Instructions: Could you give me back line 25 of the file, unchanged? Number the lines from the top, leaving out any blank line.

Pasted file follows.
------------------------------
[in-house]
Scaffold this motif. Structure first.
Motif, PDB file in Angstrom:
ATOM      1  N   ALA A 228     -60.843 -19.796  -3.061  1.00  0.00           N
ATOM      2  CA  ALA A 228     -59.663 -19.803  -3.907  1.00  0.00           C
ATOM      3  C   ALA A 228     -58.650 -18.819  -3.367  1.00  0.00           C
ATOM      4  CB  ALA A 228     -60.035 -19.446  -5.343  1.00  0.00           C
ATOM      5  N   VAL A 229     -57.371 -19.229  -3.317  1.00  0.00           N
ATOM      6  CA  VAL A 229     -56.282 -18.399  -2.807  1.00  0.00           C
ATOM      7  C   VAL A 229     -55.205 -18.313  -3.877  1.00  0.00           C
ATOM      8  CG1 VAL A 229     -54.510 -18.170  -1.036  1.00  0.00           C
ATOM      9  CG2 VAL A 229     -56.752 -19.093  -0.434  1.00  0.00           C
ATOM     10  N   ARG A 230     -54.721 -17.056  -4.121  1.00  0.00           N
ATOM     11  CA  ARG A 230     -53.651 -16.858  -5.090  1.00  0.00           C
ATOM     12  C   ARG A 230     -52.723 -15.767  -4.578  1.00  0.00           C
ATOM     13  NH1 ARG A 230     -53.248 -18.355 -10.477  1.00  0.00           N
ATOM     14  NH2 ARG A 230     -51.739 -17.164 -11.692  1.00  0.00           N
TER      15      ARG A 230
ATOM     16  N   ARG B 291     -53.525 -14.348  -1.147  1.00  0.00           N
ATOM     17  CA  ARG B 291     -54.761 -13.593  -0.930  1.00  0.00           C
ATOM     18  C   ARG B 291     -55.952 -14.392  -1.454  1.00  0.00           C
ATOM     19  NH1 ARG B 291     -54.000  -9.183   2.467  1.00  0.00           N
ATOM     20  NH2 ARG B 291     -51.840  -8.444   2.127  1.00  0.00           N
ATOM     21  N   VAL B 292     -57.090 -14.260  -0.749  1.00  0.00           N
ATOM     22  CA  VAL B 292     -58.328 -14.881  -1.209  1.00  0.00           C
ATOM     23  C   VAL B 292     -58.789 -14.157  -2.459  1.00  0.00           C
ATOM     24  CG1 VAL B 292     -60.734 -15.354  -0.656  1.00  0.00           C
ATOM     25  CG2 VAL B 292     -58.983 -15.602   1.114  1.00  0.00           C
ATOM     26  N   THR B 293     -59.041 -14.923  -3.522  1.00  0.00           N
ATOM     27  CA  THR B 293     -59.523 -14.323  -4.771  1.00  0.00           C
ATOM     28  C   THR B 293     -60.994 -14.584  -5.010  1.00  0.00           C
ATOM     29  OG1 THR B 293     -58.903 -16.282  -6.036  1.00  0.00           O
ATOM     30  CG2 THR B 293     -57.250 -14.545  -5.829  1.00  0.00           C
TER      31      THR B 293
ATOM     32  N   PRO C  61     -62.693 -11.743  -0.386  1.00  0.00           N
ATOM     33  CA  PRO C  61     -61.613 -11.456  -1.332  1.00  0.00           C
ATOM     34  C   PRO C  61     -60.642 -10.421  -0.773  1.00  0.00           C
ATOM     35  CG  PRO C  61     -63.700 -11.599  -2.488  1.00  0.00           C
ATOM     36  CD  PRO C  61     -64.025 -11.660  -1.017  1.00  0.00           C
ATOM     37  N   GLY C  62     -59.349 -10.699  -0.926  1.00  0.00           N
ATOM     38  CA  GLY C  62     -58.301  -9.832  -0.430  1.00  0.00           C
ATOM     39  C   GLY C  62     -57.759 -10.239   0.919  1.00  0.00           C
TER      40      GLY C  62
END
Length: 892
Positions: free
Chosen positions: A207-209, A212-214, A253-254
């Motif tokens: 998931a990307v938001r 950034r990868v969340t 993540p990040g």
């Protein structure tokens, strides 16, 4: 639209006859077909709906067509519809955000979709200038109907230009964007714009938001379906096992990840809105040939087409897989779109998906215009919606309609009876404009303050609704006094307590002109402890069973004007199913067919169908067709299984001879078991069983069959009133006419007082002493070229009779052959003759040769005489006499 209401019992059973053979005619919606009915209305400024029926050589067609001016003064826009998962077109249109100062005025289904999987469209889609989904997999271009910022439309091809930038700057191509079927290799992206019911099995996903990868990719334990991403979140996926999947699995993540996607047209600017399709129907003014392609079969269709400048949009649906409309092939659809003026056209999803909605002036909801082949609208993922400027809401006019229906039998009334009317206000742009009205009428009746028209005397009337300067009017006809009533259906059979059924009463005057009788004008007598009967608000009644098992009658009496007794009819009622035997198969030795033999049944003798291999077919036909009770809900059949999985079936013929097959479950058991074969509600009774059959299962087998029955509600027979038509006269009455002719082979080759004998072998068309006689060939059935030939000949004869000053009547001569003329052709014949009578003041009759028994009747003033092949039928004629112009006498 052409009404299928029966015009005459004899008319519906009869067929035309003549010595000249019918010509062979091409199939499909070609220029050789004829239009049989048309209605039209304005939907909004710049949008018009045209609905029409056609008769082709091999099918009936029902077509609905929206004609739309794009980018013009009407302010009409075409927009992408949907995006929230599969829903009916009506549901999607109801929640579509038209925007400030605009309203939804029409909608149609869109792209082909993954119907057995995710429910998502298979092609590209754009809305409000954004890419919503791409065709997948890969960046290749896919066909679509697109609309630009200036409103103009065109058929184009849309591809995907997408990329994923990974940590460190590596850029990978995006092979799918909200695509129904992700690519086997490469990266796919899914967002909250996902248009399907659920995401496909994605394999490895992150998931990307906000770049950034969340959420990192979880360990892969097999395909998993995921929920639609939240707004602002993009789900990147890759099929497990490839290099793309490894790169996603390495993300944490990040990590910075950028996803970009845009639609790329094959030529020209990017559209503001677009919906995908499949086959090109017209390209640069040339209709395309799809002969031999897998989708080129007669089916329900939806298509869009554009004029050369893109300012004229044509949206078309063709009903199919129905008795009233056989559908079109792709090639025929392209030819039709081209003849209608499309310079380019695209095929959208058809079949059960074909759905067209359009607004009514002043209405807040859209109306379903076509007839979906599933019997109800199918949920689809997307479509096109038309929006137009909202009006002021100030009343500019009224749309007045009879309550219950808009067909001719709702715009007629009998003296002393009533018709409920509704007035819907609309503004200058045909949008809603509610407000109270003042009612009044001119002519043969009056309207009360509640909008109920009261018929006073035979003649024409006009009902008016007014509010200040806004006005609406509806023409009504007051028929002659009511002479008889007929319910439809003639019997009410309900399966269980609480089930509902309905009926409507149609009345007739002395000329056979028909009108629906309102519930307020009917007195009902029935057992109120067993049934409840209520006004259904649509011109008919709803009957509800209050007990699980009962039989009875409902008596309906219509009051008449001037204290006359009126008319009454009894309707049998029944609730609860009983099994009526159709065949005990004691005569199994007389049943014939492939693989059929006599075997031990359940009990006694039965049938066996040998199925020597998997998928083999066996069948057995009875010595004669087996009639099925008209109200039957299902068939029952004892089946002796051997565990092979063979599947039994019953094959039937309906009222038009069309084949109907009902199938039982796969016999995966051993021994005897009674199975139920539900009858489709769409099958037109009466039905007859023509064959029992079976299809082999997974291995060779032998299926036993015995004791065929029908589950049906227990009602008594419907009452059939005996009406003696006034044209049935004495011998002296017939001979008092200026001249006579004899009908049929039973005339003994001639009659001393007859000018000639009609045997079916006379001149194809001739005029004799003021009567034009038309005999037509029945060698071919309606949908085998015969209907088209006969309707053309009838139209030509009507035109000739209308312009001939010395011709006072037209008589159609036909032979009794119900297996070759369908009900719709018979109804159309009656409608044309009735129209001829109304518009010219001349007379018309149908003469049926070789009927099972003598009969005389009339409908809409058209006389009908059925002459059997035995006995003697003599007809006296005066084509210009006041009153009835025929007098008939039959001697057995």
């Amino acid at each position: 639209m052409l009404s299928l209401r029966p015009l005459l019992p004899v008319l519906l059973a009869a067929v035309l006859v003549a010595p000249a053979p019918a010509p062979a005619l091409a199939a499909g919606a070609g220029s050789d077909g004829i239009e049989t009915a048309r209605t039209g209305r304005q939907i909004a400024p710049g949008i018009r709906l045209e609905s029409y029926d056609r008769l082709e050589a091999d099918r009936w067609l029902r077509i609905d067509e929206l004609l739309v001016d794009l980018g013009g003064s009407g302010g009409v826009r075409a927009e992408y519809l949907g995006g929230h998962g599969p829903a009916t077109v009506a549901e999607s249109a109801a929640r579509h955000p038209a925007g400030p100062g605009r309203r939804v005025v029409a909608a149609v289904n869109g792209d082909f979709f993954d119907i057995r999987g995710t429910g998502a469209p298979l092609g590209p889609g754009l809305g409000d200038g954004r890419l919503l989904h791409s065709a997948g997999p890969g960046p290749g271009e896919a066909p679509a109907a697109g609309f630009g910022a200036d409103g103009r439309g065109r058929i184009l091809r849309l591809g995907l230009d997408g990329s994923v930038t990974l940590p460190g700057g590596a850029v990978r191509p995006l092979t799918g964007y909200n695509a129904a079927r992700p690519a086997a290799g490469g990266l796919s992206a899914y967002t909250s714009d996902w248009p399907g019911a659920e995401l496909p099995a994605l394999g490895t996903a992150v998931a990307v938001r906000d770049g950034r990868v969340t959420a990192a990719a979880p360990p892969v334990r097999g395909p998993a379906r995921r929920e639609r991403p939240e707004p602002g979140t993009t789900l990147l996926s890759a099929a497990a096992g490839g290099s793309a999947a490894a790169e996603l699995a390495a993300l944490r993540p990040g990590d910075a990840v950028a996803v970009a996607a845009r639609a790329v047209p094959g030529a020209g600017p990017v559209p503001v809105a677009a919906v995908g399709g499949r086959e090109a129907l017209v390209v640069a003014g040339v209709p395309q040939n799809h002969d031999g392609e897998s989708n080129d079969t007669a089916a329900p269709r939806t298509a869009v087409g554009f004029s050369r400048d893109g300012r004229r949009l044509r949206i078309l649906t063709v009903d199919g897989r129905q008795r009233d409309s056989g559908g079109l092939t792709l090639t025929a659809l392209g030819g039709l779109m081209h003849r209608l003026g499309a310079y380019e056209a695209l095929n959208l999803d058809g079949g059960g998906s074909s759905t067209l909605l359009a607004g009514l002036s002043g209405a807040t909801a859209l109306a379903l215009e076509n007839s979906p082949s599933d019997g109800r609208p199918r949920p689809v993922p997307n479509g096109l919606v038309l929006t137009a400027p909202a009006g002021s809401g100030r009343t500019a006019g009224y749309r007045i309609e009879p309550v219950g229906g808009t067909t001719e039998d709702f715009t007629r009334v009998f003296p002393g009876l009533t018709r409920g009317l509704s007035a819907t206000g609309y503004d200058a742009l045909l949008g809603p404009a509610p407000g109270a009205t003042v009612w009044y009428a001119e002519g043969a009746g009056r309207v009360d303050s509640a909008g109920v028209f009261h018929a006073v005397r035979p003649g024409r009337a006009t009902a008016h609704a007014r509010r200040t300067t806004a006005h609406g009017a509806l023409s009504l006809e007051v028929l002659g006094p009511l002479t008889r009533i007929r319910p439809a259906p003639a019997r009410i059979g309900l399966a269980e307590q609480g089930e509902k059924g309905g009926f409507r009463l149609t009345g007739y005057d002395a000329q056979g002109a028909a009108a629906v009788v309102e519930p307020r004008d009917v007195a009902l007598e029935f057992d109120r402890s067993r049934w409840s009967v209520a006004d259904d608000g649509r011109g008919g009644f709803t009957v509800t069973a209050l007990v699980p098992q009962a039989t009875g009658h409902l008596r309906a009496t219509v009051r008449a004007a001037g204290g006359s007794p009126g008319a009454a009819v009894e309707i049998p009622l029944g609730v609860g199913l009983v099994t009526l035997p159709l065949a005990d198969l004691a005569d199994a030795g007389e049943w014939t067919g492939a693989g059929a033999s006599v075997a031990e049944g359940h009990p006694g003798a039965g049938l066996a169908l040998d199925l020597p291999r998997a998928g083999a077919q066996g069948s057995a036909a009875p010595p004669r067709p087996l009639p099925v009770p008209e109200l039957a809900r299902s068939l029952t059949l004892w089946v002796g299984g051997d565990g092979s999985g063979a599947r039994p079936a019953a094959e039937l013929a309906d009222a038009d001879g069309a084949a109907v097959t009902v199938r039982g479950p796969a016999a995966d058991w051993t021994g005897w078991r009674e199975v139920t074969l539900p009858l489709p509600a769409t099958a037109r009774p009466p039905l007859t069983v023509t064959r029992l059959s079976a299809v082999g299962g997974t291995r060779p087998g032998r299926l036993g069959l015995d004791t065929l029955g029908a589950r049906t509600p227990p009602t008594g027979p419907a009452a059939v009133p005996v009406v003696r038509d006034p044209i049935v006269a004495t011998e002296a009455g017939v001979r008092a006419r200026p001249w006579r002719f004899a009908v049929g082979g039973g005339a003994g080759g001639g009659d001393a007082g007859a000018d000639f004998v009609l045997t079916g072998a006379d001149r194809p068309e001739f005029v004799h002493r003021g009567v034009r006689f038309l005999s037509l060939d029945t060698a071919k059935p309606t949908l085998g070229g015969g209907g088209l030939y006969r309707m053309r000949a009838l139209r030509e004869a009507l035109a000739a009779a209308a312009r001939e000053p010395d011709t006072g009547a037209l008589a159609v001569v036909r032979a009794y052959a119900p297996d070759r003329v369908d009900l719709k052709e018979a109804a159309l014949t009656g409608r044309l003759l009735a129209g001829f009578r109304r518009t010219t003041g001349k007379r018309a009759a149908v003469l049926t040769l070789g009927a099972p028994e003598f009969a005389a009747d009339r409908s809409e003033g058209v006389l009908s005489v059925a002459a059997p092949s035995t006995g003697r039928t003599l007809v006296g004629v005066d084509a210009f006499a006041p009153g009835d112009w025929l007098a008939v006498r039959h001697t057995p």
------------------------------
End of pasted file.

ATOM     22  CA  VAL B 292     -58.328 -14.881  -1.209  1.00  0.00           C